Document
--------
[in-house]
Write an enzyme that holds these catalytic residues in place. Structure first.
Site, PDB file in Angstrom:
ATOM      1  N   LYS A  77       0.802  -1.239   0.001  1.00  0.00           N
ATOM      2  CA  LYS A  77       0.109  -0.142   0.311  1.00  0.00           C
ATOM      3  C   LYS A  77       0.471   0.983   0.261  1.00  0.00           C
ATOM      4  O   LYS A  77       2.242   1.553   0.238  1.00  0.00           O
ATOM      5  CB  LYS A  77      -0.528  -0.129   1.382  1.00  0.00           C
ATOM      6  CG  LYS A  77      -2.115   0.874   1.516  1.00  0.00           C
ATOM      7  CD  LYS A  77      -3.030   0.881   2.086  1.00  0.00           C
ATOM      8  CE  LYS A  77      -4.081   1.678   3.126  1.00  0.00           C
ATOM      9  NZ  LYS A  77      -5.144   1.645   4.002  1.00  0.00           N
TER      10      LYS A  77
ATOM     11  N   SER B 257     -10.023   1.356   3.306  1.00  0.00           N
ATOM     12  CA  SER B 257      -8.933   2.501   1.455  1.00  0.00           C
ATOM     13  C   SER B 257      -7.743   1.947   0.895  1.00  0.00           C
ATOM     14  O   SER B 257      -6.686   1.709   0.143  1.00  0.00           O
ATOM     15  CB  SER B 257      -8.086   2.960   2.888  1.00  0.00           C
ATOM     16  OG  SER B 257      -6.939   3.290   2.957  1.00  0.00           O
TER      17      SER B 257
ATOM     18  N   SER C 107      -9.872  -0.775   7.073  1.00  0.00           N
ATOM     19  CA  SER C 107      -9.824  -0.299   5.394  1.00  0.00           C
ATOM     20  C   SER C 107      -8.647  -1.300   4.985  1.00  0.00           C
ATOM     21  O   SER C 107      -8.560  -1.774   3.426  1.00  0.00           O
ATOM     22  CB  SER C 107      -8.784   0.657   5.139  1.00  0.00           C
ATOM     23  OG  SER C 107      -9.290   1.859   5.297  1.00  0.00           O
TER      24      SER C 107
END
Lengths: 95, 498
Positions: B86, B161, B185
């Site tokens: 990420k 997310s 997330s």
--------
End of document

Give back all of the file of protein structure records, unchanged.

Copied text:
[in-house]
Write an enzyme that holds these catalytic residues in place. Structure first.
Site, PDB file in Angstrom:
ATOM      1  N   LYS A  77       0.802  -1.239   0.001  1.00  0.00           N
ATOM      2  CA  LYS A  77       0.109  -0.142   0.311  1.00  0.00           C
ATOM      3  C   LYS A  77       0.471   0.983   0.261  1.00  0.00           C
ATOM      4  O   LYS A  77       2.242   1.553   0.238  1.00  0.00           O
ATOM      5  CB  LYS A  77      -0.528  -0.129   1.382  1.00  0.00           C
ATOM      6  CG  LYS A  77      -2.115   0.874   1.516  1.00  0.00           C
ATOM      7  CD  LYS A  77      -3.030   0.881   2.086  1.00  0.00           C
ATOM      8  CE  LYS A  77      -4.081   1.678   3.126  1.00  0.00           C
ATOM      9  NZ  LYS A  77      -5.144   1.645   4.002  1.00  0.00           N
TER      10      LYS A  77
ATOM     11  N   SER B 257     -10.023   1.356   3.306  1.00  0.00           N
ATOM     12  CA  SER B 257      -8.933   2.501   1.455  1.00  0.00           C
ATOM     13  C   SER B 257      -7.743   1.947   0.895  1.00  0.00           C
ATOM     14  O   SER B 257      -6.686   1.709   0.143  1.00  0.00           O
ATOM     15  CB  SER B 257      -8.086   2.960   2.888  1.00  0.00           C
ATOM     16  OG  SER B 257      -6.939   3.290   2.957  1.00  0.00           O
TER      17      SER B 257
ATOM     18  N   SER C 107      -9.872  -0.775   7.073  1.00  0.00           N
ATOM     19  CA  SER C 107      -9.824  -0.299   5.394  1.00  0.00           C
ATOM     20  C   SER C 107      -8.647  -1.300   4.985  1.00  0.00           C
ATOM     21  O   SER C 107      -8.560  -1.774   3.426  1.00  0.00           O
ATOM     22  CB  SER C 107      -8.784   0.657   5.139  1.00  0.00           C
ATOM     23  OG  SER C 107      -9.290   1.859   5.297  1.00  0.00           O
TER      24      SER C 107
END
Lengths: 95, 498
Positions: B86, B161, B185
């Site tokens: 990420k 997310s 997330s």